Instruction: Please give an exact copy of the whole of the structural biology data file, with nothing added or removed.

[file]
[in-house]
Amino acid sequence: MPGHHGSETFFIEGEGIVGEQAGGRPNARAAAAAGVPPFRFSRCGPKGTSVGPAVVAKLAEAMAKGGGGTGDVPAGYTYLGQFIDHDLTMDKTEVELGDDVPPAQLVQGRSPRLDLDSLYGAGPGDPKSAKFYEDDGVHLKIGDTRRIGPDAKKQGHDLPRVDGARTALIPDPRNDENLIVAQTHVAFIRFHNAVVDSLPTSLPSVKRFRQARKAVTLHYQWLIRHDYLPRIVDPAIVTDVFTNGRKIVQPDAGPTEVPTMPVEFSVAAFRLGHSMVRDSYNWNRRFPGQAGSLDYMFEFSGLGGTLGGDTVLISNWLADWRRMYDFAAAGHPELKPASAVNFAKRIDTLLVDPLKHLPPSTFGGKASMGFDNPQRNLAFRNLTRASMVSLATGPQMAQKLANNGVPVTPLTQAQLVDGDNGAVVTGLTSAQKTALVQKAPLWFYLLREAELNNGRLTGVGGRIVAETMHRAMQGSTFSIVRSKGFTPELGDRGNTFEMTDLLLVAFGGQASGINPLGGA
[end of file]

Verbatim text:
[in-house]
Amino acid sequence: MPGHHGSETFFIEGEGIVGEQAGGRPNARAAAAAGVPPFRFSRCGPKGTSVGPAVVAKLAEAMAKGGGGTGDVPAGYTYLGQFIDHDLTMDKTEVELGDDVPPAQLVQGRSPRLDLDSLYGAGPGDPKSAKFYEDDGVHLKIGDTRRIGPDAKKQGHDLPRVDGARTALIPDPRNDENLIVAQTHVAFIRFHNAVVDSLPTSLPSVKRFRQARKAVTLHYQWLIRHDYLPRIVDPAIVTDVFTNGRKIVQPDAGPTEVPTMPVEFSVAAFRLGHSMVRDSYNWNRRFPGQAGSLDYMFEFSGLGGTLGGDTVLISNWLADWRRMYDFAAAGHPELKPASAVNFAKRIDTLLVDPLKHLPPSTFGGKASMGFDNPQRNLAFRNLTRASMVSLATGPQMAQKLANNGVPVTPLTQAQLVDGDNGAVVTGLTSAQKTALVQKAPLWFYLLREAELNNGRLTGVGGRIVAETMHRAMQGSTFSIVRSKGFTPELGDRGNTFEMTDLLLVAFGGQASGINPLGGA